Art from the Inside: Paño Drawings by Chicano Prisoners

June 17 - September 3, 2005

Curated by Martha V. Henry

"Virgin of Guadalupe with Moon and Stars", Artist Unknown, Black ink on white cotton handkerchief, 15 1/2" x 15", Undated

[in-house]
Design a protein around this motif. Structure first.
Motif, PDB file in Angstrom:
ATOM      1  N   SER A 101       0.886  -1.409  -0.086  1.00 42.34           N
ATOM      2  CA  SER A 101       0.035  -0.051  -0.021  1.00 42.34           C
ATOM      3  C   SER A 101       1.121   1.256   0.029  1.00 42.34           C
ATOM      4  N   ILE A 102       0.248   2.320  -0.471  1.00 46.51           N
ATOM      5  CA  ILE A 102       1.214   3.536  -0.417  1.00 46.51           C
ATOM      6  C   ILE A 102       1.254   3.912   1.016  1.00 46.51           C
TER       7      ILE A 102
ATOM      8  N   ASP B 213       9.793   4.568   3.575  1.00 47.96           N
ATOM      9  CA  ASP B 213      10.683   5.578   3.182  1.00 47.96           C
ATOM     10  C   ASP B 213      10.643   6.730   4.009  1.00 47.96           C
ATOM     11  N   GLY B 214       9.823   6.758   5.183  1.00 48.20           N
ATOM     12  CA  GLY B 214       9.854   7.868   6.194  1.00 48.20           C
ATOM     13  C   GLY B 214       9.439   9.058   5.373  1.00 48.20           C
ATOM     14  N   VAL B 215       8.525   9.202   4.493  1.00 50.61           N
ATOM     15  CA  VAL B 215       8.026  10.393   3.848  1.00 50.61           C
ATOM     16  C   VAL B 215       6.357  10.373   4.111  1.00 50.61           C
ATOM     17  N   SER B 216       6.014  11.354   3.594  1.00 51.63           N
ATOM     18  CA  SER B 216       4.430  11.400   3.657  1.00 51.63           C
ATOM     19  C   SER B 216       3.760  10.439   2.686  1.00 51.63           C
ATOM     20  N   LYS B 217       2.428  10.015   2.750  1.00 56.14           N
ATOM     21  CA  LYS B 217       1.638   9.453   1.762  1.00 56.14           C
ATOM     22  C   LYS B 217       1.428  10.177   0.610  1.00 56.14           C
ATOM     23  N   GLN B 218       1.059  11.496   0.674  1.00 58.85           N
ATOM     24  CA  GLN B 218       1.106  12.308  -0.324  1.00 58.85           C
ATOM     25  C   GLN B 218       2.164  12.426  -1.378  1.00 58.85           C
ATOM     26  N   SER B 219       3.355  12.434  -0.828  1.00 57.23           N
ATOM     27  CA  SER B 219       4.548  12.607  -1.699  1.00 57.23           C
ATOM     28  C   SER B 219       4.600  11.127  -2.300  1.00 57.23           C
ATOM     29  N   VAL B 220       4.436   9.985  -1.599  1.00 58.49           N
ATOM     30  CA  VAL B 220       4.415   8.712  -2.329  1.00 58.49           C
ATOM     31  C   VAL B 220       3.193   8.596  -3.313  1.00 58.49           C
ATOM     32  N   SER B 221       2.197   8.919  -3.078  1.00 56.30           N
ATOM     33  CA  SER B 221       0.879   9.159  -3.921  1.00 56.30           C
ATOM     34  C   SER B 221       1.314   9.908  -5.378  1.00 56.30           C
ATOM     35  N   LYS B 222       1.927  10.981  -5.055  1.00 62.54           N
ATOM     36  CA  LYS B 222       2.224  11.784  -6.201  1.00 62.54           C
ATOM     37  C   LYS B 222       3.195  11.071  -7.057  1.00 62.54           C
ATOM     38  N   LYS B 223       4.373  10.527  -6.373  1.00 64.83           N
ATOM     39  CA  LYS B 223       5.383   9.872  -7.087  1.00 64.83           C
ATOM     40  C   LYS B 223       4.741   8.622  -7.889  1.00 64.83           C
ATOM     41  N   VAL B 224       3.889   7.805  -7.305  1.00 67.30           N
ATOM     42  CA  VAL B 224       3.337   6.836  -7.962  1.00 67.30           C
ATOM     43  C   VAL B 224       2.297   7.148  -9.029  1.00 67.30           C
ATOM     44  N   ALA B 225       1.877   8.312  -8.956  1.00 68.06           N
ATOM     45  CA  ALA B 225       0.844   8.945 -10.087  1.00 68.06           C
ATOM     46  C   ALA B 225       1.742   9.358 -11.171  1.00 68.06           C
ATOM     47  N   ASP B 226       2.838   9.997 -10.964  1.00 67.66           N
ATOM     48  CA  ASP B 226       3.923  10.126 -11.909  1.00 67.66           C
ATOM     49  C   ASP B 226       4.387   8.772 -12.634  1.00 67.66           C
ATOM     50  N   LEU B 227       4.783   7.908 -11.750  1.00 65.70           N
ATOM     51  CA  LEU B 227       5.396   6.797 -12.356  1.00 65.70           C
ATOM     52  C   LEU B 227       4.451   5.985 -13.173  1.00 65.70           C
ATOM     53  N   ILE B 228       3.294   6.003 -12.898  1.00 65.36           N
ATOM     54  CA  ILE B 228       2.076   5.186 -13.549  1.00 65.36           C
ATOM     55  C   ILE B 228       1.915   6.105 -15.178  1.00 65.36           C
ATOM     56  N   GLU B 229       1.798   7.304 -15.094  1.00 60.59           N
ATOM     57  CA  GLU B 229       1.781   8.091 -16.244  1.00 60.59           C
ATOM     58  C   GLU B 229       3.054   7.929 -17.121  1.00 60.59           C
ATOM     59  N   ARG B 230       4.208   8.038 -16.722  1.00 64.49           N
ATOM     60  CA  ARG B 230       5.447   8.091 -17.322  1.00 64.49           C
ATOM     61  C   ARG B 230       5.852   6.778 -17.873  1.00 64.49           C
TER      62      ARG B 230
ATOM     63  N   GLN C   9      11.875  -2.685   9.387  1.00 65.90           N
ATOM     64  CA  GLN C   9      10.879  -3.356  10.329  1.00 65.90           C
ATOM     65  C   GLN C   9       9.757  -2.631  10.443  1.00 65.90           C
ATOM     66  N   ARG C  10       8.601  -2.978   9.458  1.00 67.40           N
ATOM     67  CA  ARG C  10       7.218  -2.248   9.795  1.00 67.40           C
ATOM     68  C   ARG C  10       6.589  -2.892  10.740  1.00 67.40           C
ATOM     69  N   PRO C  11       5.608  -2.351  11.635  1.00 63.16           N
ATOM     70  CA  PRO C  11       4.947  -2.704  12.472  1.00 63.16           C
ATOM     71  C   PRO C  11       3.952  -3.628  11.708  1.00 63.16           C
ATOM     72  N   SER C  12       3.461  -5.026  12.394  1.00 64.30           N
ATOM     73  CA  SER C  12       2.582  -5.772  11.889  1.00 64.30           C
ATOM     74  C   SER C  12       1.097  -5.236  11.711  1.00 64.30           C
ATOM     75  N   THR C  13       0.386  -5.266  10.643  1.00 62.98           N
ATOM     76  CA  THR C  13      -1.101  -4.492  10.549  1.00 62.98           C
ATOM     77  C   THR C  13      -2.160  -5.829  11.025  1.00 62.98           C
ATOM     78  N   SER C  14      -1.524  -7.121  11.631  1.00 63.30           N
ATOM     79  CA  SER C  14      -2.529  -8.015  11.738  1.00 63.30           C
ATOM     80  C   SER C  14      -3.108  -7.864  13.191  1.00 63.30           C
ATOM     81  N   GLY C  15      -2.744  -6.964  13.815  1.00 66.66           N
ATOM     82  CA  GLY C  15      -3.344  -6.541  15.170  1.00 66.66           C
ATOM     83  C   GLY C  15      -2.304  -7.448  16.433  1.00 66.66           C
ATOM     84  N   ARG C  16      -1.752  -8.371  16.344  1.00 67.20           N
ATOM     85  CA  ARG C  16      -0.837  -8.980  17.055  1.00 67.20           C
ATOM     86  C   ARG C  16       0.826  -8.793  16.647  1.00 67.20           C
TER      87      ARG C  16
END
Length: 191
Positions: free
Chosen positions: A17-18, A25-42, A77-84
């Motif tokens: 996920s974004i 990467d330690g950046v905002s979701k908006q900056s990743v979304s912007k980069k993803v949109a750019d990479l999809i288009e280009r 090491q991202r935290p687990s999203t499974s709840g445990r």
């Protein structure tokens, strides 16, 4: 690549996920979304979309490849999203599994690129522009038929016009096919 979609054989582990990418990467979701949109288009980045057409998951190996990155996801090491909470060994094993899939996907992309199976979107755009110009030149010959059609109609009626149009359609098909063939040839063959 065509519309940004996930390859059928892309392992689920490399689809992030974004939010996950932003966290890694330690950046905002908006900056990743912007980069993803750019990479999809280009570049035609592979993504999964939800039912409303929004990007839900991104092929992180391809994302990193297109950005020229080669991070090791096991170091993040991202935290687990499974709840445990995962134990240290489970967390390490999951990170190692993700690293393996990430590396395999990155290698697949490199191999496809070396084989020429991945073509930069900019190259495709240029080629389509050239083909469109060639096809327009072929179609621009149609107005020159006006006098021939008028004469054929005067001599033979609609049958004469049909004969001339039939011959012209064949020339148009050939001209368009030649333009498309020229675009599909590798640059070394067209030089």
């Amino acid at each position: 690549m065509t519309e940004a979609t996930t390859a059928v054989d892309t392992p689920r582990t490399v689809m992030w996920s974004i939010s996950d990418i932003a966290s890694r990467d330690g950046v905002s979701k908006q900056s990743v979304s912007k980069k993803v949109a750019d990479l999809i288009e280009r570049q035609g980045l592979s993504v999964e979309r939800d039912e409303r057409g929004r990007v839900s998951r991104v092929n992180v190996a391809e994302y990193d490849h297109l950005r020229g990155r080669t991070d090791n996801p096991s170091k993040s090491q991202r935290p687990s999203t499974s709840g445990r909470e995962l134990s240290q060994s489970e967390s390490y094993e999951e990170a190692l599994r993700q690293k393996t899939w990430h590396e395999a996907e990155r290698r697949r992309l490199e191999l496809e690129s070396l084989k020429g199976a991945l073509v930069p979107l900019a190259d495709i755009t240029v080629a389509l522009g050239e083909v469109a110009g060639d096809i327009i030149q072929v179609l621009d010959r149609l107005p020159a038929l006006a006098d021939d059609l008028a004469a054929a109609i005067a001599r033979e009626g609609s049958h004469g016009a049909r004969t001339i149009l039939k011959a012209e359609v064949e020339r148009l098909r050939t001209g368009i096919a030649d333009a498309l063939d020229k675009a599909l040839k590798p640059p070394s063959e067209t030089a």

Art from the Inside featured 121 drawings on handkerchiefs. Known as paños, these pocket-sized canvases depict boldly drawn montages composed of Pre-Columbian symbols, colonial religious icons, Mexican historical figures and images from 20th century popular culture. Paños serve as pictorial letters which carry messages from inmates to family and loved ones on the outside and to friends and associates within the prison system. Paño artists draw upon a rich vocabulary derived from the “high” and “low” art forms of Mexico and the United States. Aztec warriors, the Virgin of Guadalupe and Pancho Villa, tattooed gang members, pin-up girls, vintage low-rider cars and trucks, clowns, teddy bears, and cartoon characters provide inspiration for the drawings. Although the origin of paño drawing is unknown, it is thought that the tradition emerged from the jails and prisons in Texas, New Mexico, and California during the 1940s.